Harold F. Upton
Analyst in Natural Resources Policy
Eugene H. Buck
Specialist in Natural Resources Policy
Open ocean aquaculture is broadly defined as the rearing of marine organisms in exposed areas beyond significant coastal influence. Open ocean aquaculture employs less control over organisms and the surrounding environment than do inshore and land-based aquaculture, which are often undertaken in enclosures, such as ponds. When aquaculture operations are located beyond coastal state jurisdiction, within the U.S. Exclusive Economic Zone (EEZ; generally 3 to 200 nautical miles from shore), they are regulated primarily by federal agencies. Thus far, only a few aquaculture research facilities have operated in the U.S. EEZ. To date, all commercial aquaculture facilities have been sited in nearshore waters under state or territorial jurisdiction.
Development of commercial aquaculture facilities in federal waters is hampered by an unclear regulatory process for the EEZ, and technical uncertainties related to working in offshore areas. Regulatory uncertainty has been identified by the Administration as the major barrier to developing open ocean aquaculture. Uncertainties often translate into barriers to commercial investment. Potential environmental and economic impacts and associated controversy have also likely contributed to slowing expansion.
Proponents of open ocean aquaculture believe it is the beginning of the "blue revolution"—a period of broad advances in culture methods and associated increases in production. Critics raise concerns about environmental protection and potential impacts on existing commercial fisheries. Potential outcomes are difficult to characterize because of the diverse nature of potential operations and the lack of aquaculture experience in open ocean areas.
On January 28, 2009, the Gulf of Mexico Fishery Management Council voted to approve a plan to issue aquaculture permits and regulate aquaculture in federal waters of the Gulf of Mexico. On September 3, 2009, the plan took effect because the Secretary of Commerce declined to oppose it within the required statutory period. Environmentalists and some fishing industry representatives have opposed the plan because of concerns related to environmental protection and potential negative effects on wild fish populations. Many who oppose the plan support a precautionary approach and development of national aquaculture standards. On September 8, 2009, H.R. 3534, the Consolidated Land, Energy, and Aquatic Resources Act of 2009, was introduced. Section 704 of the bill would rescind the authority of the Secretary of Commerce, the Administrator of the National Oceanic and Atmospheric Administration, or Regional Fishery Management Councils to develop or approve fishery management plans to permit or regulate offshore aquaculture. The bill would also invalidate permits issued for conducting offshore aquaculture under the Magnuson- Stevens Fishery Conservation and Management Act. On December 16, 2009, H.R. 4363, the National Sustainable Offshore Aquaculture Act of 2009, was introduced. H.R. 4363 would establish a regulatory system for offshore aquaculture in the United States Exclusive Economic Zone.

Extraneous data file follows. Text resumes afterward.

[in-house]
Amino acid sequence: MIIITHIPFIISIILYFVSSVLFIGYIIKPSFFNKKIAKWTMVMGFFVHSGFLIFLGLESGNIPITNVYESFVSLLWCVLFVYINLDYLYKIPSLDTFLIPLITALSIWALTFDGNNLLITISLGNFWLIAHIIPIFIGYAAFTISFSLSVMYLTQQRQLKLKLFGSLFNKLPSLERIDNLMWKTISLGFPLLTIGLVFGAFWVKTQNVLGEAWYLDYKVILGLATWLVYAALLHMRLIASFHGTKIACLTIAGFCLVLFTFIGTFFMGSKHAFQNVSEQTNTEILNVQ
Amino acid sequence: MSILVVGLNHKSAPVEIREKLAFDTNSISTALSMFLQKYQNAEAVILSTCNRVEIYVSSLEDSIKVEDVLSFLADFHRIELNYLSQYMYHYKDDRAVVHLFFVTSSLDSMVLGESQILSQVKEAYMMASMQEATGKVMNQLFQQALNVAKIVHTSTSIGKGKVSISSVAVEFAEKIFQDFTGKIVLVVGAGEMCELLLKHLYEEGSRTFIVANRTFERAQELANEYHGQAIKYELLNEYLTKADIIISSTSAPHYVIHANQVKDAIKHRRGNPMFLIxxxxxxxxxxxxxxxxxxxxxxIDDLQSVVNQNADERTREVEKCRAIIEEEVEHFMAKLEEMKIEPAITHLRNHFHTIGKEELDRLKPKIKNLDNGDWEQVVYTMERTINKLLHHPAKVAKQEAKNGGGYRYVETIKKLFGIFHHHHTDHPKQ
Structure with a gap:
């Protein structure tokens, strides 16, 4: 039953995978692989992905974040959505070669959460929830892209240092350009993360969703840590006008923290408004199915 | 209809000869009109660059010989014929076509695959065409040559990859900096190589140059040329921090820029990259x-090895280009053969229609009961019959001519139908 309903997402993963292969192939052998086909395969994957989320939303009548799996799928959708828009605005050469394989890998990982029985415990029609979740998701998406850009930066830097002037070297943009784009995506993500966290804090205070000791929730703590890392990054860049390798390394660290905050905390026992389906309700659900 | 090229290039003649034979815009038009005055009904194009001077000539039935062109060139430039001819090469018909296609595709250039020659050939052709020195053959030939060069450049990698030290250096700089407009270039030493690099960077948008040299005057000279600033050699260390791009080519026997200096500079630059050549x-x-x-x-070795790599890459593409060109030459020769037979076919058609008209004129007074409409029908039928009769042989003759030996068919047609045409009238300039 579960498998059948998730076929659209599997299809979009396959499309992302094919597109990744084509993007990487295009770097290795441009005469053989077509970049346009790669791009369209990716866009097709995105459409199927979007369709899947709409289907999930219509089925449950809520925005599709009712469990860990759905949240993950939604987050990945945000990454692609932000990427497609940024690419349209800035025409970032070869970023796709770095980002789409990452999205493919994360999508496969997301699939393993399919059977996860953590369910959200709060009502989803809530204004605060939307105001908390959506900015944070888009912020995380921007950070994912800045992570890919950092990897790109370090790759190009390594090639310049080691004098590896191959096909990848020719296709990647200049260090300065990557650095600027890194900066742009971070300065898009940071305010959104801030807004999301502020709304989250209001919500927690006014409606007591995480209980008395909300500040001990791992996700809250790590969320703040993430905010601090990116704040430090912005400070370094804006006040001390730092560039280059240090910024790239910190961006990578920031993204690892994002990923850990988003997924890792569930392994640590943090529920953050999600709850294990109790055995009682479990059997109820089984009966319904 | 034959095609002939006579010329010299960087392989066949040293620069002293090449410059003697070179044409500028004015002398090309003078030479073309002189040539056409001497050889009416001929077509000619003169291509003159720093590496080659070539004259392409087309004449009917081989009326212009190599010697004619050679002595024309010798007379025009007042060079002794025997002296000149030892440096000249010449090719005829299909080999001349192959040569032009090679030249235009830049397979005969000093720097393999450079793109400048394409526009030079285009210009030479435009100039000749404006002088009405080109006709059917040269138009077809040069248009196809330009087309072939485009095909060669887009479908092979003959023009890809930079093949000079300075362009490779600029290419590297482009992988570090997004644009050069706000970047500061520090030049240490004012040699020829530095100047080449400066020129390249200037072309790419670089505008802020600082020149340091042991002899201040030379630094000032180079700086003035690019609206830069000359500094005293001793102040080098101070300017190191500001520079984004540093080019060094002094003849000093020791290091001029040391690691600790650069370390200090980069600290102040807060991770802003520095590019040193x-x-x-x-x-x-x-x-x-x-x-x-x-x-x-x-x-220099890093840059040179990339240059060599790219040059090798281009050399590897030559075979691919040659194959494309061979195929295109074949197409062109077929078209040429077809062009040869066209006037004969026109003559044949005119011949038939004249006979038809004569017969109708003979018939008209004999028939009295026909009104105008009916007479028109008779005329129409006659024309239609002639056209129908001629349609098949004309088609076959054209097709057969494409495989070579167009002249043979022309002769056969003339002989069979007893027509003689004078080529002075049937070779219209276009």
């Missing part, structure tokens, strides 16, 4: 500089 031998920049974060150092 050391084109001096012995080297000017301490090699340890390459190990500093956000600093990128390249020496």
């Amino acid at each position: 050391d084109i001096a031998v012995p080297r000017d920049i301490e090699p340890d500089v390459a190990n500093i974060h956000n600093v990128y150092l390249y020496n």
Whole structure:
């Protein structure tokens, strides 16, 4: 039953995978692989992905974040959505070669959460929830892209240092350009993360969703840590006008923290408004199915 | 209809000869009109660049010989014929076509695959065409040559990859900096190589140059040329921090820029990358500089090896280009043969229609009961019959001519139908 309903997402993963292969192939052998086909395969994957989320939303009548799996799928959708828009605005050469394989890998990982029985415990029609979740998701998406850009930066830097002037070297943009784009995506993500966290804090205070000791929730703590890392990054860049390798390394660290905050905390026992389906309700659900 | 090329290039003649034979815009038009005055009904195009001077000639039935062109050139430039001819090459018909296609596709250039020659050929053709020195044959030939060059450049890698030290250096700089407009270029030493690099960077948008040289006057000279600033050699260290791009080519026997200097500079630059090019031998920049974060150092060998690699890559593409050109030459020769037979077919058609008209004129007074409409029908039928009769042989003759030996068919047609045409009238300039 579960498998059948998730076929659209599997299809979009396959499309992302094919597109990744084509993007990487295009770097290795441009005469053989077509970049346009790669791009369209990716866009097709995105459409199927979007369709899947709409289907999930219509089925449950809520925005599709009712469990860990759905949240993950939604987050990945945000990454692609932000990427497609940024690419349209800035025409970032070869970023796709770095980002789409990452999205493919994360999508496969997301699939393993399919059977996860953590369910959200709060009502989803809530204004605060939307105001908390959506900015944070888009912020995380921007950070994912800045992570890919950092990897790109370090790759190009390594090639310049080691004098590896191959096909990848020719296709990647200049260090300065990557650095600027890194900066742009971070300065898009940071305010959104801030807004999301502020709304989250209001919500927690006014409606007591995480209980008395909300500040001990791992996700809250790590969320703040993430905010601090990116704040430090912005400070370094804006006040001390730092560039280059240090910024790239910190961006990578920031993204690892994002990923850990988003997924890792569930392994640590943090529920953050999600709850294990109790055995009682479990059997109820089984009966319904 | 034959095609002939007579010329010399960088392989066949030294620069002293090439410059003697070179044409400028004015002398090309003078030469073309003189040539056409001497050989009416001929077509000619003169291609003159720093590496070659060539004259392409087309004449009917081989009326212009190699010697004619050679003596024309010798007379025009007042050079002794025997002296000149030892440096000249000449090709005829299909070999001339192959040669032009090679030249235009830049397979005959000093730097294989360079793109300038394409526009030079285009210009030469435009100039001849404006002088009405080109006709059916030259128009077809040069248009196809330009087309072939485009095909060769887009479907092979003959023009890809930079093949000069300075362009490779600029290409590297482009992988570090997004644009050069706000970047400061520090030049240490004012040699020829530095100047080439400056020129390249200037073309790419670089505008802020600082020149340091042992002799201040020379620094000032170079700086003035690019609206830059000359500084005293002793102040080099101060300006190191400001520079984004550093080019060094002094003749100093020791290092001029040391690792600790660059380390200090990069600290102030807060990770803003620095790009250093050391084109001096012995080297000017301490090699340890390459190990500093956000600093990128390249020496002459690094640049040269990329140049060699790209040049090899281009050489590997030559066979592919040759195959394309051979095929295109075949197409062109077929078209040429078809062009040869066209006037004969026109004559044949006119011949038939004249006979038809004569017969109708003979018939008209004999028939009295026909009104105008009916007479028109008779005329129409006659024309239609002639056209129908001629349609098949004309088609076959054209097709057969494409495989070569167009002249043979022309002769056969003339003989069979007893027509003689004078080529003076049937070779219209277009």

This report discusses four general areas: (1) operational and business-related challenges; (2) potential economic impacts; (3) potential environmental impacts; and (4) the legal and regulatory environment. Significant questions remain about whether an appropriate mechanism exists for any federal agency to provide an open ocean aquaculture lease with the necessary property rights to begin construction and operation. Policy makers and regulators will be challenged to weigh the needs of a developing industry against potential environmental and social impacts.
Date of Report: January 28, 2010
Number of Pages: 24
Order Number: RL32694
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Sunday, February 7, 2010
Harold F. Upton